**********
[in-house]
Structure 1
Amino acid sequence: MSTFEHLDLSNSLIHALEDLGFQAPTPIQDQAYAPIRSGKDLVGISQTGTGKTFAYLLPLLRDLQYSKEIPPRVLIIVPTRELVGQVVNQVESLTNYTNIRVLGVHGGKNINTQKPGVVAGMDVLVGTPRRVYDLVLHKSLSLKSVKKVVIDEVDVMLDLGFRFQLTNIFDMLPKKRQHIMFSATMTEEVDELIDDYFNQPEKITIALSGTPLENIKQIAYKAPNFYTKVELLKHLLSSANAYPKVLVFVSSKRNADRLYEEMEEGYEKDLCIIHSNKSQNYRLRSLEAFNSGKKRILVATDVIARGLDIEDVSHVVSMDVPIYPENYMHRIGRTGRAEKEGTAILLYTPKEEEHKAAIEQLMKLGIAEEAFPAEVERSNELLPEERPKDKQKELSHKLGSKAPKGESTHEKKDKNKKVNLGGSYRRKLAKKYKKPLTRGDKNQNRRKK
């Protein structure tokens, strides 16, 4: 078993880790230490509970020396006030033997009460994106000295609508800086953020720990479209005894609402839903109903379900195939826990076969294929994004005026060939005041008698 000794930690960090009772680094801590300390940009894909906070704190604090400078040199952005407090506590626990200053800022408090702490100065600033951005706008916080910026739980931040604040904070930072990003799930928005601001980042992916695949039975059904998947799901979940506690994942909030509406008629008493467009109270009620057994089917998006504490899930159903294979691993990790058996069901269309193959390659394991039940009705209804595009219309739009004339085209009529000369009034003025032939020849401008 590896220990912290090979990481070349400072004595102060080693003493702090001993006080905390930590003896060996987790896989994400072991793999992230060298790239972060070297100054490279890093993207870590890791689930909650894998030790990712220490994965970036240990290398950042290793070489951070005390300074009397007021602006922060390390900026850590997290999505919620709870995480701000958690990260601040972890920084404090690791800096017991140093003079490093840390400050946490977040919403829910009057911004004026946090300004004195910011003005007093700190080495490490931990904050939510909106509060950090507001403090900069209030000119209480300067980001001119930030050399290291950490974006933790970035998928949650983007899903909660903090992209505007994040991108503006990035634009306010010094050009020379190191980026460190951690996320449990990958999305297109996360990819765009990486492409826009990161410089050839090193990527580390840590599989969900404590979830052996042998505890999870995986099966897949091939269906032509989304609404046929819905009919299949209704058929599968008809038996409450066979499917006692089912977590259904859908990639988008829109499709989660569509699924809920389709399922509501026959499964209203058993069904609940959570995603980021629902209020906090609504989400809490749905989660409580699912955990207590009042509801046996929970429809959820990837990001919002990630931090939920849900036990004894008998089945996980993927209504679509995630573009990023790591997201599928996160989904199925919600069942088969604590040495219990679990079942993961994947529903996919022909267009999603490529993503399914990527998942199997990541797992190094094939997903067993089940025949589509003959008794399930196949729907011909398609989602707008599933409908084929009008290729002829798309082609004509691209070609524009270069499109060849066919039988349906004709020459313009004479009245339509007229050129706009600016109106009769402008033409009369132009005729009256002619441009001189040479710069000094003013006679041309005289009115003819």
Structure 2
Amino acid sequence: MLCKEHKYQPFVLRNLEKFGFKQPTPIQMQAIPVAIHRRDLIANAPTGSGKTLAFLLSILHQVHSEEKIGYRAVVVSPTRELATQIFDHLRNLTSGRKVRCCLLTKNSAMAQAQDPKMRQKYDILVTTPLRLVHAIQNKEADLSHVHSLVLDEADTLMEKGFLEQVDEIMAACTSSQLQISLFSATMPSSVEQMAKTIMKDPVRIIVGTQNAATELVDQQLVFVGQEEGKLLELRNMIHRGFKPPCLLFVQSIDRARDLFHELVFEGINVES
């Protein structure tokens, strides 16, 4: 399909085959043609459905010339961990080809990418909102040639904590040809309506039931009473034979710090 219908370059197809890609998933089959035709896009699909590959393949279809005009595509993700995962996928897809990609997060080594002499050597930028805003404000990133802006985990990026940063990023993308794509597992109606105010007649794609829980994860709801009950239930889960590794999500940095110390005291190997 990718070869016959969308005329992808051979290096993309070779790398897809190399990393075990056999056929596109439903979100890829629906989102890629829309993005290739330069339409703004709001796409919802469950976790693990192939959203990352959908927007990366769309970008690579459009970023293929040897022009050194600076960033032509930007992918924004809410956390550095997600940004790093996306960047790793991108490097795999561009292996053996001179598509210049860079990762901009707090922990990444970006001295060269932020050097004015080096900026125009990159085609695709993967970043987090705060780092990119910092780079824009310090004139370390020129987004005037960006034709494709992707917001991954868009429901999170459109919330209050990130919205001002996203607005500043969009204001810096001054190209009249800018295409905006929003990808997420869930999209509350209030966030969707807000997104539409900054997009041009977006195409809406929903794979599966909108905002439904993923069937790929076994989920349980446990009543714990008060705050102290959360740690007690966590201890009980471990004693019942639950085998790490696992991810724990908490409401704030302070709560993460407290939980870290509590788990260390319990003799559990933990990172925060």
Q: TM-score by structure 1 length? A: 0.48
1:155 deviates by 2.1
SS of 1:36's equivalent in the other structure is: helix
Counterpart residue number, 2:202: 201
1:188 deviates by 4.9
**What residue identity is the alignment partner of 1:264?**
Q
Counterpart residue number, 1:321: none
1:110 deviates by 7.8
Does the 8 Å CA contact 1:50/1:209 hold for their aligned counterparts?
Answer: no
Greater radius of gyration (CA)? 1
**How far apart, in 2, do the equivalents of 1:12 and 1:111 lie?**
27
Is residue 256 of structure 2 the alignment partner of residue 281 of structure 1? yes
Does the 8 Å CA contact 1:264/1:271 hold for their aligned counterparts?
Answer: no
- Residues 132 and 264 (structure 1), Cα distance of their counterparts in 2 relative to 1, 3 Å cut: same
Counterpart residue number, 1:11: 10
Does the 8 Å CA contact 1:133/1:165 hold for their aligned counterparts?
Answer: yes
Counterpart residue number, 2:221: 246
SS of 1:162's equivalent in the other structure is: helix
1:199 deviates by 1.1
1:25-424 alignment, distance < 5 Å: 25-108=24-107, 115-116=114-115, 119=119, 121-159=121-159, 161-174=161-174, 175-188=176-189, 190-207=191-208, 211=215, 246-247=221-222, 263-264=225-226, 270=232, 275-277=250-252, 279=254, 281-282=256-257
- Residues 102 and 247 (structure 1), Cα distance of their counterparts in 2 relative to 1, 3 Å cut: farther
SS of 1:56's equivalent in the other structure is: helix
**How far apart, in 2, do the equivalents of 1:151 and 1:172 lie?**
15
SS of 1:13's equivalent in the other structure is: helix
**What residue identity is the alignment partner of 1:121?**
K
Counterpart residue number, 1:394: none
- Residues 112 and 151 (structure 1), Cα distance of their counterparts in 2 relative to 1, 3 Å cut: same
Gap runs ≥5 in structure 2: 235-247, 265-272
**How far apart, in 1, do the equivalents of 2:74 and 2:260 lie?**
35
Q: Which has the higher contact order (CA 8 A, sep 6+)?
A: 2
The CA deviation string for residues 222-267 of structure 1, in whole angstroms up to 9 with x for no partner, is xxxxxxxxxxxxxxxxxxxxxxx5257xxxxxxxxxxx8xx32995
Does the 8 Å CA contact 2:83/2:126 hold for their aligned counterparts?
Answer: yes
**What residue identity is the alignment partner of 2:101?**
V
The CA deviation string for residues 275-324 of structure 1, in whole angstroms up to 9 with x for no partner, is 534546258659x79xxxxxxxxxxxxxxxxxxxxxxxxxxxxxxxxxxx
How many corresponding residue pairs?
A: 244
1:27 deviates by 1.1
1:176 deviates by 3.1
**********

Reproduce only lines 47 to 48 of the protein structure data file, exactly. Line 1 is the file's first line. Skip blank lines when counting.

The CA deviation string for residues 222-267 of structure 1, in whole angstroms up to 9 with x for no partner, is xxxxxxxxxxxxxxxxxxxxxxx5257xxxxxxxxxxx8xx32995
Does the 8 Å CA contact 2:83/2:126 hold for their aligned counterparts?